“Up to bed,” he said. “Santa won’t come if you’re up.”

Slowly, Trixie trudged her way up the stairs. Thoughts of putting out cookies had been forgotten. Her mother followed her; Trixie knew that was to make sure she didn’t throw her dress on the floor and kick her shoes under the bed.

Getting ready for bed tonight took longer than usual. Every few minutes she would walk over to the window, hoping to catch a glimpse of a flashing red light flying through the air. Finally, she was tucked into bed and saying her prayers as her mother listened.

“Dear God, please have Santa bring me ice skates, a hockey stick and a hula hoop,” Trixie started.

“Trixie,” her mother admonished. “That’s not how we taught you to say your prayers.”

Trixie tried to look contrite as she finished. “Thank you for my mom and dad. Thank you for not letting Brian find out I took his favorite notebook and losted it. God Bless everyone.”

Moms bent down, placed a kiss on her forehead and left the room, quietly closing the door behind her.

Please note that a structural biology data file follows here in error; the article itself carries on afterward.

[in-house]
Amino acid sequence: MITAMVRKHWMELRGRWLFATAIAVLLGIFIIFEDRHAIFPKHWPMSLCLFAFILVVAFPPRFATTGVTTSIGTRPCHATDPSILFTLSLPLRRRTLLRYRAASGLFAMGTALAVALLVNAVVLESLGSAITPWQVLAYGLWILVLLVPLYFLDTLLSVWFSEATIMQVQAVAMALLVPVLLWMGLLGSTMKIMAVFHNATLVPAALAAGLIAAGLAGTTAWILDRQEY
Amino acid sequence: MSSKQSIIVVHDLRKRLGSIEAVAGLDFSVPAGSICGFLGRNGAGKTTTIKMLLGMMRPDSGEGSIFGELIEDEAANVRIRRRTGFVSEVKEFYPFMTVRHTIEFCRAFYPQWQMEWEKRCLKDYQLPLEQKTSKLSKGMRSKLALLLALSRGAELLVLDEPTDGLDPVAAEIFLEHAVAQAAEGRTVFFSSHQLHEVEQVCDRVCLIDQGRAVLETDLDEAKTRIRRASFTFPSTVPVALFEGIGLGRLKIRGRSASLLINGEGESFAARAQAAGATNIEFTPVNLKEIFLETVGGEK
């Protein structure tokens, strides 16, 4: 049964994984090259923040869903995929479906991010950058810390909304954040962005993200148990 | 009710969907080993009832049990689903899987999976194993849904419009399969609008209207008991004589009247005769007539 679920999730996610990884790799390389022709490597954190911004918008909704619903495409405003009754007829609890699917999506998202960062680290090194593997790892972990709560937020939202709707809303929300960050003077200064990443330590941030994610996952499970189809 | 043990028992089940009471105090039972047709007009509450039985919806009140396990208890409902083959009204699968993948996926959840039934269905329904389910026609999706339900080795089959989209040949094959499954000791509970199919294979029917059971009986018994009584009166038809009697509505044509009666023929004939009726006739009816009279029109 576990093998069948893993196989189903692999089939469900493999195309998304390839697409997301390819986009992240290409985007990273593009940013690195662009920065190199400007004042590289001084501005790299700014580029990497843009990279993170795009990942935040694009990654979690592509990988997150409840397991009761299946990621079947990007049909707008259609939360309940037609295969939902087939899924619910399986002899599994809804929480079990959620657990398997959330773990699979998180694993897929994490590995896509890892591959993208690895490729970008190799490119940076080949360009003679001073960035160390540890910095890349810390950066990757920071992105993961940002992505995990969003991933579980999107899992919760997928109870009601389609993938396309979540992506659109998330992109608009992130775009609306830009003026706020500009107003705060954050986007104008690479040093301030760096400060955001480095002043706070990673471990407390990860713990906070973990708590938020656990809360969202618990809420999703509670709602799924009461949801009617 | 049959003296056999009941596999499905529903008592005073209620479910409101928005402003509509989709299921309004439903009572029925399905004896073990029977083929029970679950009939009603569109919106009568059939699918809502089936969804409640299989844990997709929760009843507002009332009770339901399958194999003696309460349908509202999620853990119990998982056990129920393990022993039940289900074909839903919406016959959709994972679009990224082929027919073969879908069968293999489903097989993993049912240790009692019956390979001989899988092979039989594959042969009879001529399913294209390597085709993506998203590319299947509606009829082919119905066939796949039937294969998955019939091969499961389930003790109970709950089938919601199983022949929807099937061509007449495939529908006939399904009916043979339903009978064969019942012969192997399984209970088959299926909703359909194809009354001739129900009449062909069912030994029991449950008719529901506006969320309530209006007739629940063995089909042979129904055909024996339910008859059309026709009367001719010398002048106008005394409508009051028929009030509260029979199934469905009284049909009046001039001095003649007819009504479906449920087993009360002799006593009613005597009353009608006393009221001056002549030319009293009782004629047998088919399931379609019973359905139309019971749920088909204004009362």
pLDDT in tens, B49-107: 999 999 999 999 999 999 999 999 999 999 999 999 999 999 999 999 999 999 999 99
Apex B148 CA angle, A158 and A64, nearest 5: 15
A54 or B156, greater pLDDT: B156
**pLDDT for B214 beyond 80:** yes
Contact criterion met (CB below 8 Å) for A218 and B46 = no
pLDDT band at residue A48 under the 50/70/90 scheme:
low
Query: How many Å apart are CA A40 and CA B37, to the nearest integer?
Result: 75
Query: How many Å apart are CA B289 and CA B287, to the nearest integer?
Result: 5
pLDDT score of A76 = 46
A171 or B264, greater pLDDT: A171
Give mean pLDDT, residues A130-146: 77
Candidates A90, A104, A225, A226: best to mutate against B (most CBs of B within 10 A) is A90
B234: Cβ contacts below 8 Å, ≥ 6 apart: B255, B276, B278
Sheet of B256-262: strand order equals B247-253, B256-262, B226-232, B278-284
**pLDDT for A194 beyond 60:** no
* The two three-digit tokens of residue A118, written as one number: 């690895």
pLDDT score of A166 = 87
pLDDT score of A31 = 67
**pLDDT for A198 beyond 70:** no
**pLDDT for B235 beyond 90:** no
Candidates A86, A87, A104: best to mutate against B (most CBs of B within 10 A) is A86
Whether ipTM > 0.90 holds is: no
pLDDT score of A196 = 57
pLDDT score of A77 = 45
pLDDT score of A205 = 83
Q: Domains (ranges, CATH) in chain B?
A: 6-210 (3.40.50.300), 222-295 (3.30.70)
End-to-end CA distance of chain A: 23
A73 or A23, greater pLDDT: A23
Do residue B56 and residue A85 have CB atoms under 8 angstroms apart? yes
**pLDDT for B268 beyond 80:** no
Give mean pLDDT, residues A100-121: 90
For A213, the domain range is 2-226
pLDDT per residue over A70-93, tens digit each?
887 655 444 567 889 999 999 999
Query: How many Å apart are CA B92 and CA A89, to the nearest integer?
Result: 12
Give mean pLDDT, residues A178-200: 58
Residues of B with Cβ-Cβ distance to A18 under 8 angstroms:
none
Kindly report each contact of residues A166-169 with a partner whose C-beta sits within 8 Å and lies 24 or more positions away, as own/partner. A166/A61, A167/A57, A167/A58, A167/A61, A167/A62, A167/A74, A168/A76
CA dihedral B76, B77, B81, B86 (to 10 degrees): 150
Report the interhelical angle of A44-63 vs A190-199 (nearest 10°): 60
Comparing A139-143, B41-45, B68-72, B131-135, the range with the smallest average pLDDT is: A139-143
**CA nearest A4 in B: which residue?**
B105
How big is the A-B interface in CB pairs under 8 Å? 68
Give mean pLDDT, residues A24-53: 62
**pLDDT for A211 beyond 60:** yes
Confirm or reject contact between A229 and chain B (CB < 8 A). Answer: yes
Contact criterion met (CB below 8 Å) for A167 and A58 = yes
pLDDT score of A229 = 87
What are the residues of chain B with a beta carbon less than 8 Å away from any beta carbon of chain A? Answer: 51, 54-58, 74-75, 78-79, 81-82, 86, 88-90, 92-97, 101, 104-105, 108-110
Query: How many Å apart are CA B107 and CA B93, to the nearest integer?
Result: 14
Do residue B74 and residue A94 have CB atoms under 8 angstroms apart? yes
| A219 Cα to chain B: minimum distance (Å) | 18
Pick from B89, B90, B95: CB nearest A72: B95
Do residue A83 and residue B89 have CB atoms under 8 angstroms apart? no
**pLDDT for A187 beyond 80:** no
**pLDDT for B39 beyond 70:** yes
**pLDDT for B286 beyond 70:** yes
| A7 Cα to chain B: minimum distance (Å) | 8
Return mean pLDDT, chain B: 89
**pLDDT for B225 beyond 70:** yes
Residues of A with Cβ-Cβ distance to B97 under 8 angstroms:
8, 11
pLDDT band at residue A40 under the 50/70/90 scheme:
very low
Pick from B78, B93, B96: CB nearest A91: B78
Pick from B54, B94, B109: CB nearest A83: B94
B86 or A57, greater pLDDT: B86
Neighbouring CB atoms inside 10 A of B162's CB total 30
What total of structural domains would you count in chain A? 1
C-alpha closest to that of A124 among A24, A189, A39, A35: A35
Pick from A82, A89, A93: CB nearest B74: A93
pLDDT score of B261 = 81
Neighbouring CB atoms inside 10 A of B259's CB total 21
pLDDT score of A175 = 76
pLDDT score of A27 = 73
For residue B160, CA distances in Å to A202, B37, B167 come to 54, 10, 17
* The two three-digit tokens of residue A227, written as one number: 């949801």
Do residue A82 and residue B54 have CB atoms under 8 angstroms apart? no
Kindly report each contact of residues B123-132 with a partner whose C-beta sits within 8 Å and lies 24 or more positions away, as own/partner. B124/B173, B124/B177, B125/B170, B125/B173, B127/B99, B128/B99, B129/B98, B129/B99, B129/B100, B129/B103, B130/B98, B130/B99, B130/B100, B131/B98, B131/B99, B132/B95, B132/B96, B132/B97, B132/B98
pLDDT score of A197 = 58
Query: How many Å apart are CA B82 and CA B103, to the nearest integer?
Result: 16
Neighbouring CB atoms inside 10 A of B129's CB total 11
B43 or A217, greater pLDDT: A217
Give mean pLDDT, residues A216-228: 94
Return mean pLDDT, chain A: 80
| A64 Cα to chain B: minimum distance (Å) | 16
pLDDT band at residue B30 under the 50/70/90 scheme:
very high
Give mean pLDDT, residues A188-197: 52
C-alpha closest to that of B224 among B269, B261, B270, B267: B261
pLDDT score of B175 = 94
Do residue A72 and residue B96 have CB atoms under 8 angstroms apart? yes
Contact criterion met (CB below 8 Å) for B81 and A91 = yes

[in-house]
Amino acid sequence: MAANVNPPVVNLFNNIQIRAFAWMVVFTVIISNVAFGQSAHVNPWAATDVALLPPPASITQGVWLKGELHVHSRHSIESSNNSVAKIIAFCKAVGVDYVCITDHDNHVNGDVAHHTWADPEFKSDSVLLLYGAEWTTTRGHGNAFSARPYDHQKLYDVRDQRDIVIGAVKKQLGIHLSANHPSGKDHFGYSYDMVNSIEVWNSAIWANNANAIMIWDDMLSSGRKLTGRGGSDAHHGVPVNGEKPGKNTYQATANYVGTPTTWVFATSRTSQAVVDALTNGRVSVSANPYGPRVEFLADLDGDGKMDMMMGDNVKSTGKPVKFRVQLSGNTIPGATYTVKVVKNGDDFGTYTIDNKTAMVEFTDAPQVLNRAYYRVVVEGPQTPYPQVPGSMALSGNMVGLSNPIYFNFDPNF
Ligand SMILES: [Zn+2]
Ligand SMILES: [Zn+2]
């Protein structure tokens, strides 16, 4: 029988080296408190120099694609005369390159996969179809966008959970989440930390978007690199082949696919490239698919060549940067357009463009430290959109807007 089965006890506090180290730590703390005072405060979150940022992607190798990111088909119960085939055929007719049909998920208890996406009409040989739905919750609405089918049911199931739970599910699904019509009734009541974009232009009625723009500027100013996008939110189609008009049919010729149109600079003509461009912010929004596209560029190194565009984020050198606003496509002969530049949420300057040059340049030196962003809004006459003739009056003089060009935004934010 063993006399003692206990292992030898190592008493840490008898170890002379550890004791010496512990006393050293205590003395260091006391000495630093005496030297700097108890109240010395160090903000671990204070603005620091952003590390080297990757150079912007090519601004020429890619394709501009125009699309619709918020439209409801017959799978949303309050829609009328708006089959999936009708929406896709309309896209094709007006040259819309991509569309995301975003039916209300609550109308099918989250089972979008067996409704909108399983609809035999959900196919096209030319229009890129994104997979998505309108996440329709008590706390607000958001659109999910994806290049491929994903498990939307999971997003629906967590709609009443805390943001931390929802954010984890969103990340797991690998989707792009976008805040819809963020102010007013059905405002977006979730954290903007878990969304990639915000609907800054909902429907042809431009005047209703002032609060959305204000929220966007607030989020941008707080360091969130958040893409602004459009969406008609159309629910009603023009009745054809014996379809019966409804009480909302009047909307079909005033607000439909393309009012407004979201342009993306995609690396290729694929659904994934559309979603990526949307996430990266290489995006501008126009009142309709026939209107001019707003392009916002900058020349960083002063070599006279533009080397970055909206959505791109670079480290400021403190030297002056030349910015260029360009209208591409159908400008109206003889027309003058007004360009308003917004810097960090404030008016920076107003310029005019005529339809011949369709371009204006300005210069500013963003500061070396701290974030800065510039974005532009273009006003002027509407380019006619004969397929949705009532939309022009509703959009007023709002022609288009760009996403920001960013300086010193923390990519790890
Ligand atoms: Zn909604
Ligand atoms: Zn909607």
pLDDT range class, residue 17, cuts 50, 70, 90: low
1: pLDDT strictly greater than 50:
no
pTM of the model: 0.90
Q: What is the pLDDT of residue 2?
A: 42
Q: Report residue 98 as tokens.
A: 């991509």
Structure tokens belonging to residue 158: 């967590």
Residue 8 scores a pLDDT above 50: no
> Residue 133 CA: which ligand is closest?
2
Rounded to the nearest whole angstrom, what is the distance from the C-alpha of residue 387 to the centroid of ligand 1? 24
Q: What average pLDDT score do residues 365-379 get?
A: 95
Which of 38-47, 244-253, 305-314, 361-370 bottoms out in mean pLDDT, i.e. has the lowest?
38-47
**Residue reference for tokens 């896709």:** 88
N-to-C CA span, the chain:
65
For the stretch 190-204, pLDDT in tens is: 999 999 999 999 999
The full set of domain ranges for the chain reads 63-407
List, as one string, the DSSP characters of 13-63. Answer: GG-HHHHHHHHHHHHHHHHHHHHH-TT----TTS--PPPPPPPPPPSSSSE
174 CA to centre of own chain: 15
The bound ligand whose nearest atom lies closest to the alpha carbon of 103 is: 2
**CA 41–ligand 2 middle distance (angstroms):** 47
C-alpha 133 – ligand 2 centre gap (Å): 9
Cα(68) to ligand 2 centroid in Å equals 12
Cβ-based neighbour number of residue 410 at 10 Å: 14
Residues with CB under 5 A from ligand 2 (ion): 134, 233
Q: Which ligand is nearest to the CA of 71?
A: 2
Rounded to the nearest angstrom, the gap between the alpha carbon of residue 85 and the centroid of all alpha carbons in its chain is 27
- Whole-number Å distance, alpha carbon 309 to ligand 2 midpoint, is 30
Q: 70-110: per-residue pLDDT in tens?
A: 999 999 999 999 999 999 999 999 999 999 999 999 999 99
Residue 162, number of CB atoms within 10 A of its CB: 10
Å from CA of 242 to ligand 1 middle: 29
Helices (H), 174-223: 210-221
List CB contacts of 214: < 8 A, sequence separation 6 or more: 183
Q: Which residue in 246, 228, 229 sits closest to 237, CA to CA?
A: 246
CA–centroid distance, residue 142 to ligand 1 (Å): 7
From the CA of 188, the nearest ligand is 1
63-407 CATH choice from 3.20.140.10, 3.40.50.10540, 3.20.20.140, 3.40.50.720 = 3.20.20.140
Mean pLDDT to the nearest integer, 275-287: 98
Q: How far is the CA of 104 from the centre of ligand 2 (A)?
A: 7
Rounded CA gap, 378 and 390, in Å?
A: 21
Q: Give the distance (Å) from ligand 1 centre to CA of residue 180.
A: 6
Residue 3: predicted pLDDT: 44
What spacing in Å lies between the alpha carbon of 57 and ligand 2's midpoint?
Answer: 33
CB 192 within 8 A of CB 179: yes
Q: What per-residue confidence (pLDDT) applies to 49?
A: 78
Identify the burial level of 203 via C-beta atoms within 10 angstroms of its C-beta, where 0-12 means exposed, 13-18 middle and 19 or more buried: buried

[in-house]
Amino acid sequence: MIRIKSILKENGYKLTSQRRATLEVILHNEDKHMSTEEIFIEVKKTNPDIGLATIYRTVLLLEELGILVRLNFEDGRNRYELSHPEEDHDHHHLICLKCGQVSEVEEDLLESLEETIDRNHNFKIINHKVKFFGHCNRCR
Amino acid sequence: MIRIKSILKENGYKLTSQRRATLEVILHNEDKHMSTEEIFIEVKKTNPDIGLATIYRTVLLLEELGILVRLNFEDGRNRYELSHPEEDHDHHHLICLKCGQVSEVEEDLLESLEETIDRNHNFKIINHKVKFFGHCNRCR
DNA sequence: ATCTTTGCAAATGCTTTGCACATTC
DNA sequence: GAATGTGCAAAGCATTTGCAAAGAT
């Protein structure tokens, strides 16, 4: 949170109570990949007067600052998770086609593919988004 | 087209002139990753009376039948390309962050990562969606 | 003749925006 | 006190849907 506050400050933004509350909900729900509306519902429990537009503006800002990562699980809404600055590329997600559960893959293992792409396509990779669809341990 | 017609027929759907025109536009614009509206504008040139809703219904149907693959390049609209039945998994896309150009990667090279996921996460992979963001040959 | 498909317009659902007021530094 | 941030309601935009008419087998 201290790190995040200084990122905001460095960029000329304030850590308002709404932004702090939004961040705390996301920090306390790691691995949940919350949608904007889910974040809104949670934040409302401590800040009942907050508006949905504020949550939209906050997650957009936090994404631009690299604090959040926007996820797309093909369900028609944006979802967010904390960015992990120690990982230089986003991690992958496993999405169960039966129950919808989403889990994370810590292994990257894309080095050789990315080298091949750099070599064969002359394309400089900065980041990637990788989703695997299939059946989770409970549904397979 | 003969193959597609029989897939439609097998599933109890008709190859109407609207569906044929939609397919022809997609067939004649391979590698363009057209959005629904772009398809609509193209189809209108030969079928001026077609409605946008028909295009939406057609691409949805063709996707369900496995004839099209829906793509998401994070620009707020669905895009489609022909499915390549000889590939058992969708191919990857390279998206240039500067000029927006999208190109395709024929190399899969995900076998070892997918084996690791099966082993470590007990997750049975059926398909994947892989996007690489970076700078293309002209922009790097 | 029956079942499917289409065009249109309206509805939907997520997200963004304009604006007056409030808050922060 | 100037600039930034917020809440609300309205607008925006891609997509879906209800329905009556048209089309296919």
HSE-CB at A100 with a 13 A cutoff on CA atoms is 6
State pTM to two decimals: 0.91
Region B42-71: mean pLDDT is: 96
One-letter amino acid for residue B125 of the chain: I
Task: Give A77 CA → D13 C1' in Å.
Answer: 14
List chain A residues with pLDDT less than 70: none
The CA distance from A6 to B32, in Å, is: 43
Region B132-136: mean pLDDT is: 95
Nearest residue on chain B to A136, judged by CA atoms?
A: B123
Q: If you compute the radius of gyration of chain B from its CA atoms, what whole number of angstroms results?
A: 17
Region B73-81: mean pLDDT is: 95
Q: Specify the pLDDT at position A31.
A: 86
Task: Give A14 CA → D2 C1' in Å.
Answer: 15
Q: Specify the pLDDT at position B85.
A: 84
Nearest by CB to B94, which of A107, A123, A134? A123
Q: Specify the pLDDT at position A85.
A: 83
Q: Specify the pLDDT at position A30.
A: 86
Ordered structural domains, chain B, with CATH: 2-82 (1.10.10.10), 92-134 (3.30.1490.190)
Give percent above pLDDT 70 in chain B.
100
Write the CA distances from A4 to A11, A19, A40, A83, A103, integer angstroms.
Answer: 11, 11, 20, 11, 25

As soon as Trixie was sure her mom was not coming back, she threw off the covers, stepped into her slippers and pulled on her robe. Then she checked out the window again to see if she could see signs Santa was on his way. All of a sudden she realized that she hadn’t put any cookies out for him after all. Then she remembered she wanted to leave out some carrots to feed the reindeer, tool.

She crept to her door and opened it slowly, checking in both directions to make sure no one had heard her. As she started down the stairs she heard someone come up behind her.

“Shhh,” whispered Mart, his curly blond hair bobbing as he shook his head. “What are you doing out here?”

In her typical loud whisper, Trixie replied, “We forgot to put out cookies and milk for Santa and carrots for the reindeer. What are you doing?”

“I’m going to try and catch Santa delivering the gifts,” Mart said as he moved ahead of her.

“Well, if you’re going to stay up, so am I,” declared Trixie.